Fall Garden Clean Up Guide – Backyard Gardening
It’s that time of year again. Fall clean up time.
You’ve inhaled the lush fragrances and bathed in the vibrant colors. You’ve cleaned the dirt from your fingers and looked with satisfaction over all your hard work.
Finally, you’ve tasted the literal fruits of your labors and shared them with friends.
The last warm, sunny days are passing us by. The leaves have just turned past their highest blaze of glory and are starting to fall in earnest.
And all over the country, Americans are getting out into their yards and cleaning up their gardens, lawns, trees, and flower beds.
It’s a bittersweet time of year. Though you might have a few vegetables still in the ground and some green tomatoes to turn into chutney, the best days are behind us until the next growing season.
You might be thinking your vegetable garden looks like a bit of a mess. Your tomato plants have fallen, your squash vines are all brown and wilted, and your hostas are just big bushes of dry, yellowing leaves.
Although the trees are beautiful, we know we have to live through another long winter.
However, there’s still work to be done!
It’s time to look forward to next year. It’s time to set up next season’s garden for success while you can. And, it is time to clean up, pull up, put away, and plant.
With this in mind, we put today’s article together to provide our readers with the tips and tricks they need to know for their fall clean up.
Your Fall Clean Up Guide
Flower Garden Tasks
Our friends at Organic Gardening recommend first to clean up your annuals and to weed before the seeds falling.
Take out your summer mulch and compost, deadhead all your flowering plants, and get rid of the weeds. Then rake up fallen leaves and debris.
If you’ve already had a hard frost, or if your annuals are dead, now is the time to dig up your annuals and compost the healthy plants.
Take care of your perennials by splitting up clumps and separating any rhizomes that have gotten too big. Then add compost.
Prune any perennials that need it.
Plant biennial seeds like foxglove, violets, and hollyhock
Plant your spring flower bulbs. Find out how to do just that by visiting Backyard Gardening Tips: How to Plant Spring Flowering Bulbs.
Add manure or compost and mulch with 2-3 inches of fresh mulch.
According to Better Homes and Gardens, it’s time to lower the height on your lawnmower because shorter helps the soil to dry out before spring more quickly.
Fertilize your lawn in the fall months. Why? According to This Old House, fertilizing in the fall will strengthen the roots of your plants and grass. This will give them a “strong base on which to thrive next spring.”
Weeds like ground ivy, plantain and dandelion are most vulnerable to weed killers in the fall. Herbicides are, however, potentially dangerous to your lawn as well as nearby animals and even humans. On the flip side, these plants can be pulled out by hand at any time!
Continue mowing! For most healthy lawns and trees, you can use your mower’s mulching mode to mulch the dead leaves right where they sit. They will slowly fertilize your lawn!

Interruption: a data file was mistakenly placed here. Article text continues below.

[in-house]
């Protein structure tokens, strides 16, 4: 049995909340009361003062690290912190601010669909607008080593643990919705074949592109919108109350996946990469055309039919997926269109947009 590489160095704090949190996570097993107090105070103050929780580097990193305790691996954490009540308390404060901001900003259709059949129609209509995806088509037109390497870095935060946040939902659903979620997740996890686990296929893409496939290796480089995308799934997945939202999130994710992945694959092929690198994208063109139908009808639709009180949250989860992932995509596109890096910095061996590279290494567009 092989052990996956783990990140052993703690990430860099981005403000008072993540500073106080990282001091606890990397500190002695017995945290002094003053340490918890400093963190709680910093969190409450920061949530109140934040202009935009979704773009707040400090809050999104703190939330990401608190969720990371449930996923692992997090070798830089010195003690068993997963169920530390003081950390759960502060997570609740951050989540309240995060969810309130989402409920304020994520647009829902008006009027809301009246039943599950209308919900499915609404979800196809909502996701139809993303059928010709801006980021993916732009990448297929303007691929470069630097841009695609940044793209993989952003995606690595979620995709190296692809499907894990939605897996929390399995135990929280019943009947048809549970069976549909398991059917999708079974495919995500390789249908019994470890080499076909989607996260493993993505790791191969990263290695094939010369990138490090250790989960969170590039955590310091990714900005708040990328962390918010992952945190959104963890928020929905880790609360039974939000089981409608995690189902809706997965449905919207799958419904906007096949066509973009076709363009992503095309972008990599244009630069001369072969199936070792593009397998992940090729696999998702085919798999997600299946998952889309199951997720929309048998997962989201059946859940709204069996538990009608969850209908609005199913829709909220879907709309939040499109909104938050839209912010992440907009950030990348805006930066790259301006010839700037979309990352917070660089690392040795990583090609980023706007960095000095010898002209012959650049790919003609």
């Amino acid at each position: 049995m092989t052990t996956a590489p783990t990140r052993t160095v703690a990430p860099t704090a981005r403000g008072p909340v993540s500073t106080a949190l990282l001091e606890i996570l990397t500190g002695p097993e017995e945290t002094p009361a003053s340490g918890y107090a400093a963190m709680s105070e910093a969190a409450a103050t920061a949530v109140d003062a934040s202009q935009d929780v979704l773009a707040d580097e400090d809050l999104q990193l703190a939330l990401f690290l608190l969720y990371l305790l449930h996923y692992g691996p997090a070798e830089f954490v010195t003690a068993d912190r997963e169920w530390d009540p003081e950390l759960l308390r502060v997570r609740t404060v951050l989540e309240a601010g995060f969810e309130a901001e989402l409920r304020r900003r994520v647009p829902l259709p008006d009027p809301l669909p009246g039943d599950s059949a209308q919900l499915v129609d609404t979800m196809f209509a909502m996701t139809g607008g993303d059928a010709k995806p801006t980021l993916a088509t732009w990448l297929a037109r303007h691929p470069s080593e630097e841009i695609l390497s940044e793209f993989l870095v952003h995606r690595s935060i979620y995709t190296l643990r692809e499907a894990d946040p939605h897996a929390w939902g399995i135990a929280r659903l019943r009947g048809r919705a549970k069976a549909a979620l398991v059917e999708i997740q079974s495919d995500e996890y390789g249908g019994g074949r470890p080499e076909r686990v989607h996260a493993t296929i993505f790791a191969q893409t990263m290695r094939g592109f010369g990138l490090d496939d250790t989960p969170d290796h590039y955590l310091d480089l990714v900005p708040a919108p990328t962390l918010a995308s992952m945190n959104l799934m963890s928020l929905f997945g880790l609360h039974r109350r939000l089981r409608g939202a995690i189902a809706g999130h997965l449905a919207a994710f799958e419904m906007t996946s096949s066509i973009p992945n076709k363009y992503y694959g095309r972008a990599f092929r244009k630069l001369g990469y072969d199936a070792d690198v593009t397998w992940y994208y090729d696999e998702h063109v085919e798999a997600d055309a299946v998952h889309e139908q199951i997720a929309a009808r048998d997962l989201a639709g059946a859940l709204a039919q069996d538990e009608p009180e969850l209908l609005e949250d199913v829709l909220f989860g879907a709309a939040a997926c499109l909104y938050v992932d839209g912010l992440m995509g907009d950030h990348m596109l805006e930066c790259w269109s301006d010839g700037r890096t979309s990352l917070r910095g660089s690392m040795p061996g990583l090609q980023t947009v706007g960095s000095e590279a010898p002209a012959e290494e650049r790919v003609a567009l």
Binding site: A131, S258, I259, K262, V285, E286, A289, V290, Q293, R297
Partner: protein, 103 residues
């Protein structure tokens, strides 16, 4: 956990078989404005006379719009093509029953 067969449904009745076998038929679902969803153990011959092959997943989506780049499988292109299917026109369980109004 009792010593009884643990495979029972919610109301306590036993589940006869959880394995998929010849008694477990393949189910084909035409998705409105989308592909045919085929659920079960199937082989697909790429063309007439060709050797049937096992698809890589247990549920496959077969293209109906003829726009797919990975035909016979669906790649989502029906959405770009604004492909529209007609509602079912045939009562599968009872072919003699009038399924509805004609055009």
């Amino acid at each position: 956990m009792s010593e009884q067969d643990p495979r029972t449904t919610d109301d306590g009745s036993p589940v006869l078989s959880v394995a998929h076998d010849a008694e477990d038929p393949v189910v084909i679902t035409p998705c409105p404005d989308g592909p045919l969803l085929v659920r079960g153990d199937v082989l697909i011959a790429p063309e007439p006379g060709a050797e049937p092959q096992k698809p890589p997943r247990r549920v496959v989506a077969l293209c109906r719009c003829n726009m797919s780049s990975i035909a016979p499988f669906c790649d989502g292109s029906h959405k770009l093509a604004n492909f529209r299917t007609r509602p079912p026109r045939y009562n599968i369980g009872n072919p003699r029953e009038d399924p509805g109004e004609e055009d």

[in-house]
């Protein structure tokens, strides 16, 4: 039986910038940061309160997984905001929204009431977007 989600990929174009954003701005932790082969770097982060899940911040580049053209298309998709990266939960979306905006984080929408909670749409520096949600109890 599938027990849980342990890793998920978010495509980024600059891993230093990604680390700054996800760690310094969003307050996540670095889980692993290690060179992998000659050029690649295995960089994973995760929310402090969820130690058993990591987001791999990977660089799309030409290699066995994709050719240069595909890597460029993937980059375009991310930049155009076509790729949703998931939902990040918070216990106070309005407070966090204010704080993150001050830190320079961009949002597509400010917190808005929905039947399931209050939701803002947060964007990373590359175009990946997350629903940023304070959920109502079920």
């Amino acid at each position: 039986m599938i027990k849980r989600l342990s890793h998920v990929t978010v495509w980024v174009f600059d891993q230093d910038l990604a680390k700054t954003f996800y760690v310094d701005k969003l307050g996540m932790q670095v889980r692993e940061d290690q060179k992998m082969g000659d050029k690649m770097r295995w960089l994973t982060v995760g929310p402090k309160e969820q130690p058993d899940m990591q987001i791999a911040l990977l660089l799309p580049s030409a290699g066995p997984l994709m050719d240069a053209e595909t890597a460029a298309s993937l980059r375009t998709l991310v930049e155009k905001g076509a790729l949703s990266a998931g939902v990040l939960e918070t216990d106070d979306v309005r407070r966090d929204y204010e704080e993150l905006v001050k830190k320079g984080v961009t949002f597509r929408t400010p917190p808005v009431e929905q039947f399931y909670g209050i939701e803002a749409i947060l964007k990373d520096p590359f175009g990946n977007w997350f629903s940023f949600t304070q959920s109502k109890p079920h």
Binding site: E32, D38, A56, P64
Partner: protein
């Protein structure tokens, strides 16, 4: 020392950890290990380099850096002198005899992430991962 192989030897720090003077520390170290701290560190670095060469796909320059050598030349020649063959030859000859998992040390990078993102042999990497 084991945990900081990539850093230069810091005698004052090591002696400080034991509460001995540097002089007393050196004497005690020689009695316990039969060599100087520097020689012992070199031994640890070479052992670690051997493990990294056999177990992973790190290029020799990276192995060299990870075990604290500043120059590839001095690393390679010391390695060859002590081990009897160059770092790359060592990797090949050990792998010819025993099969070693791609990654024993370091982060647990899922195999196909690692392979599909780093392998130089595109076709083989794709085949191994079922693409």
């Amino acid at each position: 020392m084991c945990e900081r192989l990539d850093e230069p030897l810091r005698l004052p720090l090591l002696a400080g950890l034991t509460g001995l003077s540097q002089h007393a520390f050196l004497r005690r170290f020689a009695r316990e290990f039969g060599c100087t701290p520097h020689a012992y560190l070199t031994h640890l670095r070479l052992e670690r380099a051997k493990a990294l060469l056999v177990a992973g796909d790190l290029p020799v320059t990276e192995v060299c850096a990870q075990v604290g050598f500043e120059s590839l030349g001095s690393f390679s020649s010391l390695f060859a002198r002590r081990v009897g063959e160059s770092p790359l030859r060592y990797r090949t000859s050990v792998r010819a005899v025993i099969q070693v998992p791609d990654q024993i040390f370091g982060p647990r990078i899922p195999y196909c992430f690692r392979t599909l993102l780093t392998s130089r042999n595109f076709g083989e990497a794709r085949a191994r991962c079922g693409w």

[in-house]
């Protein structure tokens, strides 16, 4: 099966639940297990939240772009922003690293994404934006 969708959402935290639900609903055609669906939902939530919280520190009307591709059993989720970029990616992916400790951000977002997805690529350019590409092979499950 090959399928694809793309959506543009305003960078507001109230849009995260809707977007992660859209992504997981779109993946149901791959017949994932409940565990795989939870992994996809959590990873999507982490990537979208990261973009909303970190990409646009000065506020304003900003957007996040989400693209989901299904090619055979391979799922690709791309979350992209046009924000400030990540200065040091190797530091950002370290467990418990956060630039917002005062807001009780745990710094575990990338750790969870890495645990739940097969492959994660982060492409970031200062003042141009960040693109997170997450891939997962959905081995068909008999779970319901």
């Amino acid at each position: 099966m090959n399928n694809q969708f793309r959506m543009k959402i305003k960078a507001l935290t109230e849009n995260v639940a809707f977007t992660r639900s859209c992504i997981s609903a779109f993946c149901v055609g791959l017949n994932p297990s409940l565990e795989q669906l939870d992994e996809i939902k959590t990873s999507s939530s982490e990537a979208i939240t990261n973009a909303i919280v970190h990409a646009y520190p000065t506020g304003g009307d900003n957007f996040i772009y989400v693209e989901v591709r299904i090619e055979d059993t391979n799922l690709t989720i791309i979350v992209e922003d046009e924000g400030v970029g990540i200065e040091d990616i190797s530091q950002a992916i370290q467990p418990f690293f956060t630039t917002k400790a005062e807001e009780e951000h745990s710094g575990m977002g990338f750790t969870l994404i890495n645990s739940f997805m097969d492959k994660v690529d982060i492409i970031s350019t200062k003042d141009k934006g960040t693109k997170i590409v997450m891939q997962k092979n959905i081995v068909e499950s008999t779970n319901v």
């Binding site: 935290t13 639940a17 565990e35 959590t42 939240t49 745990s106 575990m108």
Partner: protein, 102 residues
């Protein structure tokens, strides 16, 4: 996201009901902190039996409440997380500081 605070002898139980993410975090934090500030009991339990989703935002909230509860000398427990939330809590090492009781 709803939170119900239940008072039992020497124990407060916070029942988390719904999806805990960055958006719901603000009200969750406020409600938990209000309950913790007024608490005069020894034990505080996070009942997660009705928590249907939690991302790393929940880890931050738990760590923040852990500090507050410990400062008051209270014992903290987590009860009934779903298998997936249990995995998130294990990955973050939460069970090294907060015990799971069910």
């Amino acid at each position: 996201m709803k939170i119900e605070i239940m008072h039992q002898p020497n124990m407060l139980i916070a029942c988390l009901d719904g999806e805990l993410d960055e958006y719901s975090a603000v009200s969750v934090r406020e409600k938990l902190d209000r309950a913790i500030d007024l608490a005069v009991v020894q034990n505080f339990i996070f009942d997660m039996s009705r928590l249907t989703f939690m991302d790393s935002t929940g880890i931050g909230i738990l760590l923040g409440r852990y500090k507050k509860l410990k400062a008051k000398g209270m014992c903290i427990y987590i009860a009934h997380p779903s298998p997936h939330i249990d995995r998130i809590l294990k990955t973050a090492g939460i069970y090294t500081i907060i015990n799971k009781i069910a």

However, if your tree has a fungal disease (which you can see by the brown spots on the leaves), you need to remove and burn the leaves to prevent it from spreading on the wind to the tree’s new buds next year.
Lay seed on your lawn now to help it get a head start when spring comes. Cover your seeds with straw or mulch to prevent birds from eating them
Fall and winter are also good times to lay seed so that your lawn gets a head start in the spring.
Do you know how to dethatch and aerate your lawn, and why you should?
Thatch is a layer of dead grass that is too thick to decompose quickly enough and keep your growing grass roots from getting the water they need.
Break up these thatches with a rake and aerate your lawn by pulling small cores of soil. Make sure you have the right kind of grass, or this can damage it!
Water your lawn thoroughly! If your yard has suffered drought, it can be damaged by the cold in the winter and not bounce back.
Vegetable Garden Tasks
The Old Farmer’s Almanac reports that while you can leave carrots, garlic, leeks, parsnips, and radishes and turnips in the ground through early winter, make sure you pull up your tomatoes, pea, bean and squash plants.
If any of the vegetables that are pulled up are diseased, make sure to discard them by burning them or getting rid of them separately.
Removing dead plants and weeds and turning over the soil once again helps to prevent disease.
Read our post on how to winterize your garden!
Tree and Shrub Care
Did you know that fall is the best time to plant trees and shrubs? This is because it gives trees and shrubs enough time to establish their roots before springtime.
Add mulch to your garden bed and around your trees and shrubs.
To learn how to choose the right mulch, please see: How to Choose the Right Mulch for Your Landscaping
Save money by using the mulch you already have. Grass and shredded leaves provide tons of nutrients and make for a great mulch.
If your leaves have a fungal disease, which can make its way to the new buds in the spring, rake them up and burn them.
Protect your trees from rodents through the winter using a ½ inch mesh hardware cloth around the base of your tree. They like to eat the bark of young trees in the winter.
Apply mulch around the base of your tree if you live in Northern climates
Water and prune your shrubs and trees
With these few fall clean up tasks, you can make sure you start spring garden right and prevent the spread of disease to your perennials, trees, shrubs, or next year’s plants. Happy fall gardening, everyone!
Are you wondering what aeration tubes are? Find your answer here -> Scientific Study Proves Rootwell Watering System Works.